• Next, give yourself abdominal thrusts to dislodge the object blocking the airway. 

  • Position your fist just above your belly button and grip it with your other hand. 

  • Lean over a sturdy surface like a countertop or chair, then push your fist in and upwards.


Infants and young kids are especially prone to foreign object inhalation. This is due to the fact that babies are inherently curious and investigate their surroundings by putting objects in their mouths. Additionally, the airways of kids are also small, and their cough reflexes may not be fully developed.

Here are a few steps you may try to lower the risk of choking and foreign object inhalation in young children.

  • When kids are eating or drinking, make sure they are sitting properly.

  • Children under the age of five should not be given hard or round items such as entire nuts or grapes.

  • Toys having small parts should be kept for children above the age of three.

  • Keep plastic bags out of the reach of small children.

  • Keep tiny objects out of reach of young children. For example, needles, safety pins, coins, magnets, batteries, and buttons should be kept away from them.

  • Learn to administer infant and child CPR.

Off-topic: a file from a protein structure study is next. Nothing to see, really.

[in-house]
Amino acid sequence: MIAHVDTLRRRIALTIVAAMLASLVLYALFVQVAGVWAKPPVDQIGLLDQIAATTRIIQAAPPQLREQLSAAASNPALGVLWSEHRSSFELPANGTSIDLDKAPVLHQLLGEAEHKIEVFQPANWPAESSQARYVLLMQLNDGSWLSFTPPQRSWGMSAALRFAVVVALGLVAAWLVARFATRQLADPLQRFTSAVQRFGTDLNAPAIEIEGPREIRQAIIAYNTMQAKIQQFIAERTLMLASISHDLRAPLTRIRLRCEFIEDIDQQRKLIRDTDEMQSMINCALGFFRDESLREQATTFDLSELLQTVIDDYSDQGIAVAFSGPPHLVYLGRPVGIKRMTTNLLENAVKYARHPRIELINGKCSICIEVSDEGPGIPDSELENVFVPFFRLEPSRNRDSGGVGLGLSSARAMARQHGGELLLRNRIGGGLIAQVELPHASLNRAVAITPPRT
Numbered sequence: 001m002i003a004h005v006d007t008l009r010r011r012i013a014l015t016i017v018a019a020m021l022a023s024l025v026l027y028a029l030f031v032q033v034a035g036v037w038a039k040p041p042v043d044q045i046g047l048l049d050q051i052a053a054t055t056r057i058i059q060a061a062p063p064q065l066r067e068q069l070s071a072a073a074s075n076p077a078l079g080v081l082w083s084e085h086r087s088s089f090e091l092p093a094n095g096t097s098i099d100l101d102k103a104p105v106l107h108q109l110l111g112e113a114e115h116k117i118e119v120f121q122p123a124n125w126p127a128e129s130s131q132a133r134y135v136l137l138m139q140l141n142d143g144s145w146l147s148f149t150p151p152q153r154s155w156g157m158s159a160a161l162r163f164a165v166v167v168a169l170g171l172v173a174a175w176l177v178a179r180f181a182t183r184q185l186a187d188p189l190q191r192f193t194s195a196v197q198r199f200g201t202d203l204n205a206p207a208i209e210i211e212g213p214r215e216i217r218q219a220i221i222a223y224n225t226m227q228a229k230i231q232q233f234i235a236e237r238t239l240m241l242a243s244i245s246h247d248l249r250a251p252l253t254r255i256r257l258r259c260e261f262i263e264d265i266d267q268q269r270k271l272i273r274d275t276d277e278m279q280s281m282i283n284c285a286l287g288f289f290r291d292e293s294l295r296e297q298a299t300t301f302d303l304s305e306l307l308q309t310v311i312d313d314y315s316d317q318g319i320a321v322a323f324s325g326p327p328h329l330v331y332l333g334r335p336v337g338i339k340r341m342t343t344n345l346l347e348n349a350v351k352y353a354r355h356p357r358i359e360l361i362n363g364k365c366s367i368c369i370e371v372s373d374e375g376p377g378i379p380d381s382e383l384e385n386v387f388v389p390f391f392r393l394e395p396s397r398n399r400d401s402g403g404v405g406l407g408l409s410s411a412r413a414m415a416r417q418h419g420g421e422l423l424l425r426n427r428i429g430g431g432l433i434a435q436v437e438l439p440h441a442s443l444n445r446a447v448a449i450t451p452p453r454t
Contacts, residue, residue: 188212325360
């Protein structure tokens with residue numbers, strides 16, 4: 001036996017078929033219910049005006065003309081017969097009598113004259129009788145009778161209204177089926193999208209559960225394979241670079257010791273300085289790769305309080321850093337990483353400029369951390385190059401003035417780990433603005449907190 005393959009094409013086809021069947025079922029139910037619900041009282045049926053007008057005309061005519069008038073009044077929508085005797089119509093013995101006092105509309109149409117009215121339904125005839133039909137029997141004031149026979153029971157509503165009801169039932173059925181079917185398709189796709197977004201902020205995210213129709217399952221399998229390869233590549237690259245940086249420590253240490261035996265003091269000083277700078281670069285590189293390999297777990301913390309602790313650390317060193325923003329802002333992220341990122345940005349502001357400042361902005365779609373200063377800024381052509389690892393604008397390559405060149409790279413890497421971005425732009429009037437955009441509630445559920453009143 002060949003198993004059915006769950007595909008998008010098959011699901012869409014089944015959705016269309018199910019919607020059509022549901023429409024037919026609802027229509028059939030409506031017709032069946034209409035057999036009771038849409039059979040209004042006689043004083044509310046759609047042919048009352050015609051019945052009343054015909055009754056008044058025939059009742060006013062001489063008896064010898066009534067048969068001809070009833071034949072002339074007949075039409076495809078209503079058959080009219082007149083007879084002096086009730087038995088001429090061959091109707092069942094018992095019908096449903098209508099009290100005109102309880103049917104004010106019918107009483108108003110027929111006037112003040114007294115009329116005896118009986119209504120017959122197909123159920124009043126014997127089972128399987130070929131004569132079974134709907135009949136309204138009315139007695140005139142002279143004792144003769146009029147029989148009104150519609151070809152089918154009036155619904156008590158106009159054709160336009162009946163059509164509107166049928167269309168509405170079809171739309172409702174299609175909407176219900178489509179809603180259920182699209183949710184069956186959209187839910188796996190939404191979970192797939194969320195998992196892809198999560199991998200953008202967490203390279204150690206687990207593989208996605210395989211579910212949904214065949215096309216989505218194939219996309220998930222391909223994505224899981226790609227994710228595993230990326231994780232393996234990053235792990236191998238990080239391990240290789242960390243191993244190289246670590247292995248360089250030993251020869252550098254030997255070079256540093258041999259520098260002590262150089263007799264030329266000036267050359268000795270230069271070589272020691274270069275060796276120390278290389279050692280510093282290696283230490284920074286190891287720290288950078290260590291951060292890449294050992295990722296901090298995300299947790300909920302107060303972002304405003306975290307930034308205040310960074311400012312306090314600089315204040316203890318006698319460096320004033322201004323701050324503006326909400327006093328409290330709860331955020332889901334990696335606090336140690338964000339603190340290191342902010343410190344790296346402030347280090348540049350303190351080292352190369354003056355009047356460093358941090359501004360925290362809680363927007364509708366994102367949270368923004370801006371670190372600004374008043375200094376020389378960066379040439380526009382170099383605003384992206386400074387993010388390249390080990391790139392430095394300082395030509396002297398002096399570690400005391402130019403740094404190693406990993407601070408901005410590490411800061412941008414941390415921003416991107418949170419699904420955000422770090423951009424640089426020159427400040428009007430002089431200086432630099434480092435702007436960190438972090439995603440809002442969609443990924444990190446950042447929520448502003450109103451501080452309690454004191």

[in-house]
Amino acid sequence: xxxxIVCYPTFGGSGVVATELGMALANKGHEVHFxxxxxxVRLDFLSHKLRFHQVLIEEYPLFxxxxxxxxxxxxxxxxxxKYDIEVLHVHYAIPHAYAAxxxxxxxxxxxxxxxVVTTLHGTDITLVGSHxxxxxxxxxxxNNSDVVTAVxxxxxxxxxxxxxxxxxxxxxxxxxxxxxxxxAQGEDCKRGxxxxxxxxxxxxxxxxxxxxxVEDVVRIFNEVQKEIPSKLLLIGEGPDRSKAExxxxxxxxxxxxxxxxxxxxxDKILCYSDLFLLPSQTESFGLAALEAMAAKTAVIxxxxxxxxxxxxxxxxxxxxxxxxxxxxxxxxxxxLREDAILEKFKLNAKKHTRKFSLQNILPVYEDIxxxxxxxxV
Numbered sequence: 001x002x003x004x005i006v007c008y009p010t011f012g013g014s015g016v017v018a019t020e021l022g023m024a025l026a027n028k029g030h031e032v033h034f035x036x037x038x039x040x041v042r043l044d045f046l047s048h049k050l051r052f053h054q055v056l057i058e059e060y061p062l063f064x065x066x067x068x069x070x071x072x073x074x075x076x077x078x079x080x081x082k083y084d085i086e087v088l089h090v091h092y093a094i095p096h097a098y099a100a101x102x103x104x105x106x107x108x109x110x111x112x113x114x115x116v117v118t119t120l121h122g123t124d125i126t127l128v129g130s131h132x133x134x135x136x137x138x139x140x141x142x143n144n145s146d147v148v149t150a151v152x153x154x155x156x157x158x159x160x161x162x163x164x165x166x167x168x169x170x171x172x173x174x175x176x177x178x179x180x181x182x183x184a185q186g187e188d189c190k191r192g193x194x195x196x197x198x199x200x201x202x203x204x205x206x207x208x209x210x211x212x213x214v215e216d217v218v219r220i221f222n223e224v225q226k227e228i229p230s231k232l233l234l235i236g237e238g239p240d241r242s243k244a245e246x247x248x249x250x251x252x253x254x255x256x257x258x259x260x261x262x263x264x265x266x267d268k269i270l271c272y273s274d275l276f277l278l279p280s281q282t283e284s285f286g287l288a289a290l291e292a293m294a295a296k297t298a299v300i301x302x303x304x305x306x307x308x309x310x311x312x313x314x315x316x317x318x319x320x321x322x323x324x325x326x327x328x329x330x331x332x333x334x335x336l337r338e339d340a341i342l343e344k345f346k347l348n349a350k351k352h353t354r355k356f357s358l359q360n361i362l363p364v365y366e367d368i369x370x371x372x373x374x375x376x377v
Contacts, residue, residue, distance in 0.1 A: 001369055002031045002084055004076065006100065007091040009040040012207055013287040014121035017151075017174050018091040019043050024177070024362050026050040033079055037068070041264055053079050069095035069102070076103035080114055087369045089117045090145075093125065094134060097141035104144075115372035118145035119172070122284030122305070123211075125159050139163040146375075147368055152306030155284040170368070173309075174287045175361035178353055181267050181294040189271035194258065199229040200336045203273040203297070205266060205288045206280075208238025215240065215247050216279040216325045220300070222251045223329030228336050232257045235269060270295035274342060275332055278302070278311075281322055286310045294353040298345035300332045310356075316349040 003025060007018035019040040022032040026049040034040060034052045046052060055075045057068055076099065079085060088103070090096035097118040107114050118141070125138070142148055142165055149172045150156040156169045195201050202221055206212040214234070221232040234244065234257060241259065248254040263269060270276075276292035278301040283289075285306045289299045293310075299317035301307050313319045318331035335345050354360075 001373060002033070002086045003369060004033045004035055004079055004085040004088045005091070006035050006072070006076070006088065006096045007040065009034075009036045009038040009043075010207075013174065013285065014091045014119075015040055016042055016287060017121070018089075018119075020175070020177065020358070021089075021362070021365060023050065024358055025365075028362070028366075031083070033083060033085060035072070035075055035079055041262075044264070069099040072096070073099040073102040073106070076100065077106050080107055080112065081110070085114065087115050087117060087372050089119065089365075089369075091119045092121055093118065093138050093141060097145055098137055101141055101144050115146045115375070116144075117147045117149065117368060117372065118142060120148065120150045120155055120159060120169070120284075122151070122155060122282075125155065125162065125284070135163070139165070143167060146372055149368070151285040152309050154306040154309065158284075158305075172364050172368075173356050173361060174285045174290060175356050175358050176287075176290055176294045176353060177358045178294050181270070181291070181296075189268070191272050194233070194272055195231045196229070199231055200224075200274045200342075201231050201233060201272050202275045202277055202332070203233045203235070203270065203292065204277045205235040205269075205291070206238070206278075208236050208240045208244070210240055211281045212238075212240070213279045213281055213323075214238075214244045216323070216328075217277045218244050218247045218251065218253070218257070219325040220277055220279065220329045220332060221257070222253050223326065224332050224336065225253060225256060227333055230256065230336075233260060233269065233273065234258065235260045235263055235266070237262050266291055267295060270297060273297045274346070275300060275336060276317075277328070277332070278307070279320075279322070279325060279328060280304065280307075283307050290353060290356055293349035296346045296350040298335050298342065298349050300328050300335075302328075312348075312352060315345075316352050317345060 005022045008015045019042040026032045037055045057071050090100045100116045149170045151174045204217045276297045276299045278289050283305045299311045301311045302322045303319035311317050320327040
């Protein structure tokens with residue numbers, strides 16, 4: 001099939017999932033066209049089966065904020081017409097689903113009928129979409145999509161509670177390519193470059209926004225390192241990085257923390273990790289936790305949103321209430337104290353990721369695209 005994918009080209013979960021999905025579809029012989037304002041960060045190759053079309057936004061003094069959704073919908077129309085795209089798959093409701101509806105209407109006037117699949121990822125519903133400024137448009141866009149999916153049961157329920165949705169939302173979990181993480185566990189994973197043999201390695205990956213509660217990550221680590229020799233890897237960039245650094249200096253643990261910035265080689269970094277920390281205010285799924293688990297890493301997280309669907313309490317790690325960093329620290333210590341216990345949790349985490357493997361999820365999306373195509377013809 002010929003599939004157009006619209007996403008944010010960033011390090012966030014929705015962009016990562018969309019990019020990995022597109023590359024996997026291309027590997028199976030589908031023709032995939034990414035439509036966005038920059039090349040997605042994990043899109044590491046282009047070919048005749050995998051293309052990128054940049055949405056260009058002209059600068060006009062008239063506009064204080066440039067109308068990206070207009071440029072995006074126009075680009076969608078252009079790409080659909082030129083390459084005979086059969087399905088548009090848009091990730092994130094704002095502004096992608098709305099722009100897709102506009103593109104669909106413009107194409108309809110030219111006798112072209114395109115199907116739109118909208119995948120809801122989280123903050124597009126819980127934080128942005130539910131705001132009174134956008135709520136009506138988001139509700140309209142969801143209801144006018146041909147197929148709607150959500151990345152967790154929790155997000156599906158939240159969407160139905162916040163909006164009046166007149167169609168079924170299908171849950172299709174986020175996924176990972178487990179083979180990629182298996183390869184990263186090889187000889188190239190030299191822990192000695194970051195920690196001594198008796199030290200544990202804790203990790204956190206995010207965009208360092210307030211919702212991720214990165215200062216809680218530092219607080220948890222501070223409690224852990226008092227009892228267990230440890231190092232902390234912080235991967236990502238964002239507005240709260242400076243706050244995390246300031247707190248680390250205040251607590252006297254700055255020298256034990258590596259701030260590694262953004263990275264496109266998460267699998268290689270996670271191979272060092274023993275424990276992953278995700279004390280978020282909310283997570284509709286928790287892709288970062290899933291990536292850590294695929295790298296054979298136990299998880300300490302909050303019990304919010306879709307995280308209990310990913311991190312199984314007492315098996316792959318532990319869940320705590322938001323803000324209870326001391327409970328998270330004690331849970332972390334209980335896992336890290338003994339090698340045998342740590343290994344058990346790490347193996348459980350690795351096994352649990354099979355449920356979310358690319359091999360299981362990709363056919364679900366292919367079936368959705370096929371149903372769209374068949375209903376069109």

Frequently Asked Questions

Here are some frequently asked questions about first aid for foreign objects inhaled.


What are the main symptoms of foreign objects inhaled?

When a person's airway gets blocked because of inhaling a foreign object, they may experience the following symptoms.

  • Contracting throat

  • Coughing or wheezing

  • Trouble breathing, speaking, or swallowing

  • Generating a whistling sound

  • Blue lips or skin 

  • Asphyxia (inability to breathe)

  • Loss of consciousness

Can a foreign object be Inhaled into the lungs?

Yes. An object aspirated into the airways could block the bronchi, which are the two channels that carry air into the lungs. 

What are the treatment options for foreign object inhalation?

The procedure used for removing a foreign object is determined by the object's size, shape, and exact location. During an incident of a foreign object inhalation, First Aid is often given by encouraging the affected person to cough or by giving back blows and abdominal thrusts.


 Disclaimer: The content on this page is generic and shared only for informational and explanatory purposes. Please consult a doctor before making any health-related decisions.